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jim schaefer asked the Naked Scientists: Really enjoy your programme.Why don't we see insects as large as whales or cows ? Why is the ratio of largest to smallest so much bigger for mammals (blue whale vs kitti's hog nosed bat) than it is for insects (goliath beetle vs fairy fly) ?Thanks,Jim SchaeferAnn Arbor, Michigan, USAWhat do you think?
I believe it also has to do with breathing. Insects do not have lungs, and there is a limit to the volume of body that insect respiration can oxygenate.
Also, they have too little brain compared to animals that can grow larger.
Sure, a distributed nervous system. I'm thinking that, spread out as they are, they lack sufficient connectivity and hierarchy ... and maybe including consciousness.
I wonder about insects and consciousness. The other day I was eating lunch at a picnic table and there was a large dead bug on it. Another insect went up to it, circled around it, paused, and then (I am not making this up) shoved it off the table. Then I watched the bug crawl down the picnic table to where the dead insect was, and haul him away.) How is that not a conscious thought process? And even if you believe it's "instinct" or "programmed" behavior, what test or experimental method would you use to tell the difference between instinctive, automatic behavior and conscious problem solving?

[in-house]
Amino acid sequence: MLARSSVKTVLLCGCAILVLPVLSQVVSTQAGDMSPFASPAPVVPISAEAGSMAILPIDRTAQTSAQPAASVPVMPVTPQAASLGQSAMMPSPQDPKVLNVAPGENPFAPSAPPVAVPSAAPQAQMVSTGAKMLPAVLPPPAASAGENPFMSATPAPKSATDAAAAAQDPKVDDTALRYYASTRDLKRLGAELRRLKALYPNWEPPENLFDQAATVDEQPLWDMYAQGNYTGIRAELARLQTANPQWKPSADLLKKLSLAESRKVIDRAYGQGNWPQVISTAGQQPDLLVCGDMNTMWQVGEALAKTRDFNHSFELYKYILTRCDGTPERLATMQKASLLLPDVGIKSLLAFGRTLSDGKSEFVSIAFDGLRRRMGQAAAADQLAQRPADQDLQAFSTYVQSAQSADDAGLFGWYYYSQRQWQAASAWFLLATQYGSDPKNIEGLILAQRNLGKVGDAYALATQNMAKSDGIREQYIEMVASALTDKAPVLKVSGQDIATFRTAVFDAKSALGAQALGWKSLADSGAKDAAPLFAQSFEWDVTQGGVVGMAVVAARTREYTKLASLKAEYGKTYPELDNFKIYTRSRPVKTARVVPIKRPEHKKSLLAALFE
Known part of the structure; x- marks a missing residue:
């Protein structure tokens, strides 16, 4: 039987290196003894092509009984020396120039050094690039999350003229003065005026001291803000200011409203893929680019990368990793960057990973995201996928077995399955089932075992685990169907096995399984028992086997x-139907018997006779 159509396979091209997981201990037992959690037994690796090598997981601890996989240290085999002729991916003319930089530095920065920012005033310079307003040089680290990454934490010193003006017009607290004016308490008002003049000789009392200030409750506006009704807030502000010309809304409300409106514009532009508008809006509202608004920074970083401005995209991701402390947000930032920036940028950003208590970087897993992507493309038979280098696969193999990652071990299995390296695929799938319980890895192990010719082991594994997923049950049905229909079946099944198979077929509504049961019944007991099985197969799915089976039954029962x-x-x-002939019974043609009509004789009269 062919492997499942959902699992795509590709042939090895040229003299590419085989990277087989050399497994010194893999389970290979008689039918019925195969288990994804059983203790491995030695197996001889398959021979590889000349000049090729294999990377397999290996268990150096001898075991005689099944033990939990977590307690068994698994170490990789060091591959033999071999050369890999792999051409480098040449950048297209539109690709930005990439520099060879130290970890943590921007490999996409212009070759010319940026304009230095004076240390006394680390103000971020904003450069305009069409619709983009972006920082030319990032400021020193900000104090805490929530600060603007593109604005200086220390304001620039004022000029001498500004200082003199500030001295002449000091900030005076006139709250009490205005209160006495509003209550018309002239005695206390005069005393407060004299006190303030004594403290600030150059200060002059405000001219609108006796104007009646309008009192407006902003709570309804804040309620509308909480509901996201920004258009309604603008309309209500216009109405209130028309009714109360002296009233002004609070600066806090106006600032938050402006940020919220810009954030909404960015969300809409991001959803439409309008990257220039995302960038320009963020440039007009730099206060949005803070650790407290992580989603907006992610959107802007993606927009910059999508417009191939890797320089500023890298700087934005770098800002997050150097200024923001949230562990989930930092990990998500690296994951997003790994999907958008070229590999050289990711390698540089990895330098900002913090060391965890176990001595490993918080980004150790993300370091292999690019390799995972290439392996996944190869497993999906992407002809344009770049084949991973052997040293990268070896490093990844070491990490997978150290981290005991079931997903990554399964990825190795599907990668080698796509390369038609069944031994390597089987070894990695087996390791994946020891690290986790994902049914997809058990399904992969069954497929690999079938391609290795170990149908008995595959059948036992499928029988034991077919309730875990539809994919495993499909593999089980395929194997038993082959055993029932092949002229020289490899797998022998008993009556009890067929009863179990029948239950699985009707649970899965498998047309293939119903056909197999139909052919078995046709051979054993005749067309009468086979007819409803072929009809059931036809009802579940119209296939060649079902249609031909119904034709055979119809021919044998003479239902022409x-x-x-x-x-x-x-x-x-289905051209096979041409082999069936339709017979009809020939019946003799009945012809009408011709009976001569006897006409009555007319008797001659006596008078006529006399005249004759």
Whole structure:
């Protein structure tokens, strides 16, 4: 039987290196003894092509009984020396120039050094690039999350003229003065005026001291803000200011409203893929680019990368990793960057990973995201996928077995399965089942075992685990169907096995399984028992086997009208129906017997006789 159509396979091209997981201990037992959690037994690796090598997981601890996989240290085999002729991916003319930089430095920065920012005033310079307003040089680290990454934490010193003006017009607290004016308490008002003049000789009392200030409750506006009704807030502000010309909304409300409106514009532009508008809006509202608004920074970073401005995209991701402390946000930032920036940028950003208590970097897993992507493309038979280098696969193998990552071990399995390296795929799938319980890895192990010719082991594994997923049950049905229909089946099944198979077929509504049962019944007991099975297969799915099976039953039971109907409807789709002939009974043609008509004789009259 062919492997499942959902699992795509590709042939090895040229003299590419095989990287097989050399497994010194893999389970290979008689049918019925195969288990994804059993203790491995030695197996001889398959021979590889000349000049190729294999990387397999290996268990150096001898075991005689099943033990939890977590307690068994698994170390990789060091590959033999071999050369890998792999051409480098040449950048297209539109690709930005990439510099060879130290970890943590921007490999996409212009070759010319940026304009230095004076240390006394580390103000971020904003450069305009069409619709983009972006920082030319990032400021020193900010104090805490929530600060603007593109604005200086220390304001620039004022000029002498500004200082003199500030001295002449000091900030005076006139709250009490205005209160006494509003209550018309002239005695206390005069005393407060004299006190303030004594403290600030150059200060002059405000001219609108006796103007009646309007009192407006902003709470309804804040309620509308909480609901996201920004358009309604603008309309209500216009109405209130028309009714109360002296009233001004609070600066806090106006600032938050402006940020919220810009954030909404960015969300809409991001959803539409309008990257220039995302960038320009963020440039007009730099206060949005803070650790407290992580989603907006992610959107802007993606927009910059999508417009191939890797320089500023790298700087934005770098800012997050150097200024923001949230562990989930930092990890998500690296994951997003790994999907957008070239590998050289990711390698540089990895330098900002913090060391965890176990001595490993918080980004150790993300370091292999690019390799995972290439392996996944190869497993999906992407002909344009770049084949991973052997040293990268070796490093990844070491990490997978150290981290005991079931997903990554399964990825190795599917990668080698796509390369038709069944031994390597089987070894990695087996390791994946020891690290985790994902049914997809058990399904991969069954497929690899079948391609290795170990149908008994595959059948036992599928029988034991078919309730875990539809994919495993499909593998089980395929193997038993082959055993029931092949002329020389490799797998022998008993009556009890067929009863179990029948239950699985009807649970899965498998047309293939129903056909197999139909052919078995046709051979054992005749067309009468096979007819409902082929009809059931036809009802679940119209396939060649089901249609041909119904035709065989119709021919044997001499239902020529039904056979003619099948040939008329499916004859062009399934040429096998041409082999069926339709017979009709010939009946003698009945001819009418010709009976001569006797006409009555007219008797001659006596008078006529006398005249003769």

There was a time when Earth had big insects.Meganeura Don't know how correct it is but oxygen content must have played a role.
First you've got to decide precisely what you mean by consciousness in this context. People can mean anything from simple responsiveness to environmental stimuli, through complex adaptive behaviour, to introspective self-awareness. Most people working on concepts of consciousness accept that there is a continuum both of degrees and kinds of consciousness; it isn't a simple thing, you can be conscious to varying extents, and in some ways but not in others.Personally, I'd be inclined to judge this example in terms of adaptability and creativity in problem solving. I'd do a number of different trials with varying parameters to try to establish how flexible and adaptable this particular behaviour was. A widely quoted (and debated) example of this kind of thing involves a particular species of sphex wasp that is said to show such rigid action patterns that it can be tricked into repeating them ad-infinitum (see Sand Wasps & Fixed Action Patterns). But this isn't the whole story - other sphex species don't get locked into this repetitive loop, some only briefly, and there seems to be some variation between individuals of a species too; does this mean they're 'more conscious' than those that do? And, of course, fixed, repetitive behaviour is not necessarily diagnostic of lack of consciousness - ask OCD (obsessive-compulsive disorder) sufferers.
In the past, scientists were accused of anthropomorphizing other species that seemed to be problem solving or displaying emotions.
But it seems more unscientific to me to suggest that human behaviors suddenly popped into existence with us and have no roots in other species. It is fascinating, however, when animals or insects demonstrate similar behaviors with very tiny or different brains.
That question causes me to ask: Why are there on insect sized whales?